Is Subway chicken real or fake? You may be wondering why we’re asking this question. It’s because of a new shocking controversy that Subway chicken may only be 50 percent chicken, and that the rest is filler.
As reported by Time Magazine:
“According to tests performed at Trent University in Canada, the company’s chicken strips and oven-roasted chicken contained just 43 percent and 54 percent chicken DNA, respectively, consisting otherwise of soy and other filler ingredients.”
An investigation by CBC Marketplace revealed these new findings. In their investigation, they found that the “oven-roasted chicken” is only about 53 percent chicken. They also found that the chicken strips were only about 42 percent chicken.
“We will look into this again with our supplier to ensure that the chicken is meeting the high standard we set for all of our menu items and ingredients,” Subway said in a statement.
So if it is true that only a fraction of the chicken at Subway is real, what is the rest of it made up of? According to the investigation, the rest of it is soy protein.
“Assuming the data is right, that is a surprisingly large amount of soy,” says John Coupland, president of the Institute of Food Technologists and food science professor at Penn State University.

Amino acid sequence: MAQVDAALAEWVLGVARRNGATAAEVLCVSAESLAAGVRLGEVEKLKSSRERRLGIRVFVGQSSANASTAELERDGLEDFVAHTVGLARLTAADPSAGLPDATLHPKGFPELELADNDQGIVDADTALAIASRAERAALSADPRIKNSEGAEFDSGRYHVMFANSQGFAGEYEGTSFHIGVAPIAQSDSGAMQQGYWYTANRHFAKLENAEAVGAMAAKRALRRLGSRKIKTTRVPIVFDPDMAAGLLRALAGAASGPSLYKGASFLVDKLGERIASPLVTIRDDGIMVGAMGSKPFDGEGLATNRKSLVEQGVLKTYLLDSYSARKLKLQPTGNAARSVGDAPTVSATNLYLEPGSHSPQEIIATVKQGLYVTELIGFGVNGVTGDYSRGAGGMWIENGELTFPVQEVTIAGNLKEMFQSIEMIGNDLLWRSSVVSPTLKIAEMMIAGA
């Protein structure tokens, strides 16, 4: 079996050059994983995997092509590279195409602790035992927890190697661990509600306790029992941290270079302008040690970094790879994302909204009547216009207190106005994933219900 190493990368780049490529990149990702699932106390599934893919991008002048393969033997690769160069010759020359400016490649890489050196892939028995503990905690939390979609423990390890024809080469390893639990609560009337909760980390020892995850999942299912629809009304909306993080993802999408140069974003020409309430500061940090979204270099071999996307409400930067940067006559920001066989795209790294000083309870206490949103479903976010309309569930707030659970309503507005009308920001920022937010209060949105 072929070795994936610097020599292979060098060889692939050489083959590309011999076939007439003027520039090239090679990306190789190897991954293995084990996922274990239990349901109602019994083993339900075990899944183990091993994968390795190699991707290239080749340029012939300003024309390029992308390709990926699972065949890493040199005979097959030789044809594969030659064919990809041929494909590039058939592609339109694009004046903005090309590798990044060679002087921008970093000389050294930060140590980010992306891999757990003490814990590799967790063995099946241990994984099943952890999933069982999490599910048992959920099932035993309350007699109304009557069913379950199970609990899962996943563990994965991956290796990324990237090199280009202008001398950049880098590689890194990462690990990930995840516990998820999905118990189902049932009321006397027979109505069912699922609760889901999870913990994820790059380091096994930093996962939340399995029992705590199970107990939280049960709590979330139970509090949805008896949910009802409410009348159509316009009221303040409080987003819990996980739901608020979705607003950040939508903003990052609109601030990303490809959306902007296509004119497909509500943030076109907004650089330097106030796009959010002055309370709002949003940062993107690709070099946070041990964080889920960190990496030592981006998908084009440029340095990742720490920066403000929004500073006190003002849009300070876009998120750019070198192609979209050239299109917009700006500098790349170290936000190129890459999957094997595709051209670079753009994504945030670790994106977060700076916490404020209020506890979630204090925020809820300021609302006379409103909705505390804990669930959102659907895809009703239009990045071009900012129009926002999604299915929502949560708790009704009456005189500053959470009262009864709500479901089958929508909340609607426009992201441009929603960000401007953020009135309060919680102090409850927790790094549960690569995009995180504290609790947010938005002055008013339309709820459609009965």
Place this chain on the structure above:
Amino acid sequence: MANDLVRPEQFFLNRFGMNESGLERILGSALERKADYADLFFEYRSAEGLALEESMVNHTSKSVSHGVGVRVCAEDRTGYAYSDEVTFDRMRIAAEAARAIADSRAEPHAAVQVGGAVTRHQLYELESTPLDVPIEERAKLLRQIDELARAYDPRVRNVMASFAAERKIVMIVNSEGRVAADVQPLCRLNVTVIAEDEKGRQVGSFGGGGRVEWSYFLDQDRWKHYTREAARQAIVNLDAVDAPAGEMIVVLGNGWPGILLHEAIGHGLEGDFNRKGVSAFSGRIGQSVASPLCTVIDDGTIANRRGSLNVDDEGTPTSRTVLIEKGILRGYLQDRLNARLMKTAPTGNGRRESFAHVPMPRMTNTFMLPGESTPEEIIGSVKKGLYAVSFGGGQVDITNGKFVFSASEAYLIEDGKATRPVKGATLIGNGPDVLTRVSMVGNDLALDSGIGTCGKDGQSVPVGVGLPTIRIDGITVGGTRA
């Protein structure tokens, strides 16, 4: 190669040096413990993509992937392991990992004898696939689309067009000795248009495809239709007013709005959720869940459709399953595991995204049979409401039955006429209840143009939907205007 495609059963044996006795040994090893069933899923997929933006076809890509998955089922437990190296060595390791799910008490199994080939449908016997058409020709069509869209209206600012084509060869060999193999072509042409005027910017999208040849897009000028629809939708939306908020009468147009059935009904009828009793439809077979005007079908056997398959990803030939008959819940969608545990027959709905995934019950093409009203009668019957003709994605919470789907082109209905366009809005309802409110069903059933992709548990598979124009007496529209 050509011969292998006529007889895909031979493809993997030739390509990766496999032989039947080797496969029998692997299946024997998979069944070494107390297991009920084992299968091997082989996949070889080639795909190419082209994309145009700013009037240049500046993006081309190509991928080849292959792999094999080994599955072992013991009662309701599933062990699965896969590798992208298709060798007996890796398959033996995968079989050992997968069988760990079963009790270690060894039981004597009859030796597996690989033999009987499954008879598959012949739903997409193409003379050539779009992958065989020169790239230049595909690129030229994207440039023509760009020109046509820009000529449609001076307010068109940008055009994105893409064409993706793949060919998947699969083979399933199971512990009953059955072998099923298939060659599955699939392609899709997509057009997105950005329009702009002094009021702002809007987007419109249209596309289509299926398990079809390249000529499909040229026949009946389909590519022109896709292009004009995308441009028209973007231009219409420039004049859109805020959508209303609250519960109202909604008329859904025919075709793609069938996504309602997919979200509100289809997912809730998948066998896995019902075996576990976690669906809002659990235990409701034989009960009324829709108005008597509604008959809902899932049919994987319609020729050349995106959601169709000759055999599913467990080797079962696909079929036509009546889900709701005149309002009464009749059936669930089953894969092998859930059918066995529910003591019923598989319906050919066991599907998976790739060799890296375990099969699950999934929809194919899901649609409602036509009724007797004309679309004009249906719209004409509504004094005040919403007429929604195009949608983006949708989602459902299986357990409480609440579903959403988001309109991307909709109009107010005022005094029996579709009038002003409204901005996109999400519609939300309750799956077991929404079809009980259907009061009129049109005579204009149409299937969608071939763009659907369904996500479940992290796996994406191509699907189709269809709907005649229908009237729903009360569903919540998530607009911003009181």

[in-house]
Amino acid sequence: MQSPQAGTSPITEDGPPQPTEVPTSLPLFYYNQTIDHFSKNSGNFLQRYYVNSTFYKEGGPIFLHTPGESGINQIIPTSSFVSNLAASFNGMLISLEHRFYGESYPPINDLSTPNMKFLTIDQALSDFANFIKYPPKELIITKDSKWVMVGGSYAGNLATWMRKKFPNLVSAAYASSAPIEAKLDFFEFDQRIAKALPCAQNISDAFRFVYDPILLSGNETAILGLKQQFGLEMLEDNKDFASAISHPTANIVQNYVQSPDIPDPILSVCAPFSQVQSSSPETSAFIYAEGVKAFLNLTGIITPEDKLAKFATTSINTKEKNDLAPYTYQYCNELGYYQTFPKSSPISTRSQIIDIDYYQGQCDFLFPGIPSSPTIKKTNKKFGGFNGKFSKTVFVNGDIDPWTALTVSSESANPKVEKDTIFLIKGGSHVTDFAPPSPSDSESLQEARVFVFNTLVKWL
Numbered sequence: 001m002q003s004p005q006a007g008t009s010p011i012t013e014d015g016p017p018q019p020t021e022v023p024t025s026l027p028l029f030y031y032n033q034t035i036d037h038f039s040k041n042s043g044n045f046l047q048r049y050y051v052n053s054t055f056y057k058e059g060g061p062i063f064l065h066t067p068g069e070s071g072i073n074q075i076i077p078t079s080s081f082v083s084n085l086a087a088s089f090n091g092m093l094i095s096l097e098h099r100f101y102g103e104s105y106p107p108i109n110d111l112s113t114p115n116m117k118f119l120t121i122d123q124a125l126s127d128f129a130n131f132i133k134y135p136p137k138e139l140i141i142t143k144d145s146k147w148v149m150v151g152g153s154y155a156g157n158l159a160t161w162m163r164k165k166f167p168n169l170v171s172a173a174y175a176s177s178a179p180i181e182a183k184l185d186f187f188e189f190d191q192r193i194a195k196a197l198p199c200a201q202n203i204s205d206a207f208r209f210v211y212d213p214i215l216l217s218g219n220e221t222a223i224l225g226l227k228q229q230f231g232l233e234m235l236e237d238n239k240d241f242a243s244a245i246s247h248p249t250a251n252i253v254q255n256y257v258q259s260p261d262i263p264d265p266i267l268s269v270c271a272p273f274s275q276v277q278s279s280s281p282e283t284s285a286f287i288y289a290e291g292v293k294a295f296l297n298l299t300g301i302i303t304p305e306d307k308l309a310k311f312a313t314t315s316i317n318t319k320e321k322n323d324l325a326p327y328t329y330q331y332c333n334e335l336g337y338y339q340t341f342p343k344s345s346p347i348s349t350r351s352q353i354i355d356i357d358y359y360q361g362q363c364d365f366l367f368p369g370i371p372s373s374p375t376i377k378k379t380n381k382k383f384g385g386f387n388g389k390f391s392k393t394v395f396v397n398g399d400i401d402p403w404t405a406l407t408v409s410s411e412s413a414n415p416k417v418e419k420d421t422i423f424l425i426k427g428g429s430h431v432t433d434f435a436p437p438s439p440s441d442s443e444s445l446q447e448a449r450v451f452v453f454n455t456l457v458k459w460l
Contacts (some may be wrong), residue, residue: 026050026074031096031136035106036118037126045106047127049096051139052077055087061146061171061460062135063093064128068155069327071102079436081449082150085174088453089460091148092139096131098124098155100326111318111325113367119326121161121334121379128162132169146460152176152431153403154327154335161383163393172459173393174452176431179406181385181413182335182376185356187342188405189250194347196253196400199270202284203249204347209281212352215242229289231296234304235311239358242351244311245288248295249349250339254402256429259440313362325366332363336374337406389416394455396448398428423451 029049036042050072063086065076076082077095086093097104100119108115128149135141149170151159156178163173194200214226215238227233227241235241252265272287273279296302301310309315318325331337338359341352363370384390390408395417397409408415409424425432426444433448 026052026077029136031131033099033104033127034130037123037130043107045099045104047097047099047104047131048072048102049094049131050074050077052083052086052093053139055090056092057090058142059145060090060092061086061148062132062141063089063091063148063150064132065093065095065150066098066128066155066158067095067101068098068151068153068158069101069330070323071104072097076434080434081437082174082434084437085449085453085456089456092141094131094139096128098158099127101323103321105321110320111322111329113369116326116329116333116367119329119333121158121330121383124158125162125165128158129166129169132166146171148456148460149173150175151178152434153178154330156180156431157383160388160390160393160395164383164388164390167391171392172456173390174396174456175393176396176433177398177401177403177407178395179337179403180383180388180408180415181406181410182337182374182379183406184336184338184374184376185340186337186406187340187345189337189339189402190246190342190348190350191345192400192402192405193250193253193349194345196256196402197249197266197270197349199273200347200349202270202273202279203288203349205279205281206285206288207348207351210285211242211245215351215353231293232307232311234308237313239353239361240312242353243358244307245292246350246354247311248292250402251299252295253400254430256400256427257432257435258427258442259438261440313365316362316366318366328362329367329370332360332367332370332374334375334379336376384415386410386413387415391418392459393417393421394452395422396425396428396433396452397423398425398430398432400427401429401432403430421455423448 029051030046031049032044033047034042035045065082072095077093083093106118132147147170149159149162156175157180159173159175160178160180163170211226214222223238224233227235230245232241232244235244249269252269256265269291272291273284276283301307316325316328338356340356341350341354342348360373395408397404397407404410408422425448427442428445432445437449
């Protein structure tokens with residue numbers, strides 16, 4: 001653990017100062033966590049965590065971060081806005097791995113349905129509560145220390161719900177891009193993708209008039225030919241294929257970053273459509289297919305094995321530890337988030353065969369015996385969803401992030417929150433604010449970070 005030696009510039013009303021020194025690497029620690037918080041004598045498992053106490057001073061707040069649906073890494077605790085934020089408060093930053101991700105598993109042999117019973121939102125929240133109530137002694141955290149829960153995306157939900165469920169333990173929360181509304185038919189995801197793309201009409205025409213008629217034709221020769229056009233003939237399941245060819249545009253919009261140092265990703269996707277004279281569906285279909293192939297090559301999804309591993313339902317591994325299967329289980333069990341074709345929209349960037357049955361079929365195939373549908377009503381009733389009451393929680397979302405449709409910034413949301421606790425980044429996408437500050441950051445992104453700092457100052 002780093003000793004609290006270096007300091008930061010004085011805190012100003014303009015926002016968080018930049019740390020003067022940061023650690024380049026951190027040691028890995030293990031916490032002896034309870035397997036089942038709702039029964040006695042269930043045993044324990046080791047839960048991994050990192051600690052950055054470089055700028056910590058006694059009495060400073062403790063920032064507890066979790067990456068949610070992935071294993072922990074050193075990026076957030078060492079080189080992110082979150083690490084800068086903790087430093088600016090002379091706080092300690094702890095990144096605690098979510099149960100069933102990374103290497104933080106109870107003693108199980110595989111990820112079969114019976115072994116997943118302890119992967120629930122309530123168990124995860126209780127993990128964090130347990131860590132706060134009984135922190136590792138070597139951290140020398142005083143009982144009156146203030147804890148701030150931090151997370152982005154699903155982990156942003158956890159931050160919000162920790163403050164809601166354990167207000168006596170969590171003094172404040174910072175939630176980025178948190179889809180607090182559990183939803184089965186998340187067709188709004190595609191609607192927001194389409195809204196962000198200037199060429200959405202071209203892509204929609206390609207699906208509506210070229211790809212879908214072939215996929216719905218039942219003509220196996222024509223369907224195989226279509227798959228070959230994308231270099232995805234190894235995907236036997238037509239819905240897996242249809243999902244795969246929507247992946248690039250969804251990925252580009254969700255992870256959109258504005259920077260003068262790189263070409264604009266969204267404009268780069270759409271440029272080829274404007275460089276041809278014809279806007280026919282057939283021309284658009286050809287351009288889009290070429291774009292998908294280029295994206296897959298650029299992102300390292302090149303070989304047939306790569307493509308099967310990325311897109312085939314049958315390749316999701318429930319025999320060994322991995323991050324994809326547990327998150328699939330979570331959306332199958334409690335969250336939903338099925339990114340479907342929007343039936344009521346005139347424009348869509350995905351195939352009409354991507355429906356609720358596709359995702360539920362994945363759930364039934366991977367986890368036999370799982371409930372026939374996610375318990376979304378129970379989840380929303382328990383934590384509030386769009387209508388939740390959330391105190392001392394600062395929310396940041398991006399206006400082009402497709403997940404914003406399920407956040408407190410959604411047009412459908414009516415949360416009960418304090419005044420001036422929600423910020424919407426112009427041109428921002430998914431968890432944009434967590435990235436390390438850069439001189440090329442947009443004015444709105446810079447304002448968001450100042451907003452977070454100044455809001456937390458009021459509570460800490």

Soy protein is known to have hormone-disrupting problems, including estrogen problems.
Also, most soy in the U.S. is genetically modified, which comes with its own set of serious health problems.
Subway also said in a statement that the investigation results are not true:
“SUBWAY Canada cannot confirm the veracity of the results of the lab testing you had conducted. However, we are concerned by the alleged findings you cite with respect to the proportion of soy content. Our chicken strips and oven roasted chicken contain 1% or less of soy protein.”
We are hoping that Subway further addresses the issue with their supplier and reports the results to the public soon.
This is not the first health controversy that subway has been a part of.
In 2015, Subway announced that they would be getting rid of artificial flavors, colors, and preservatives over the next 18 months.
The restaurant chain began its efforts to eliminate artificial ingredients after food activist Vani Hari, also known as the “Food Babe” started a petition to get the ingredient azodicarbonamide removed from Subway breads. Azodicarbonamide is a chemical that is used to create shoe rubber and yoga mats.
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1. “Subway to Roll out All-natural Menu by 2017.” USA Today. Gannett, 04 June 2015. Web. 19 Mar. 2017.
2. “Subway Chicken – 50 Percent Chicken, 50 Percent Filler.” Mercola.com. Mercola.com, n.d. Web. 20 Mar. 2017.
3. “50% Chicken DNA: Why Your Favourite Fast Food Chicken Sandwich Might Not Be What You Ordered.” CBCnews. CBC/Radio Canada, 28 Feb. 2017. Web. 20 Mar. 2017.
4. “Subway Denies That Its Chicken Is 50% Filler.” Time. Time, n.d. Web. 20 Mar. 2017.
5. “Company Responses: Chicken.” CBCnews. CBC/Radio Canada, 09 Mar. 2017. Web. 20 Mar. 2017.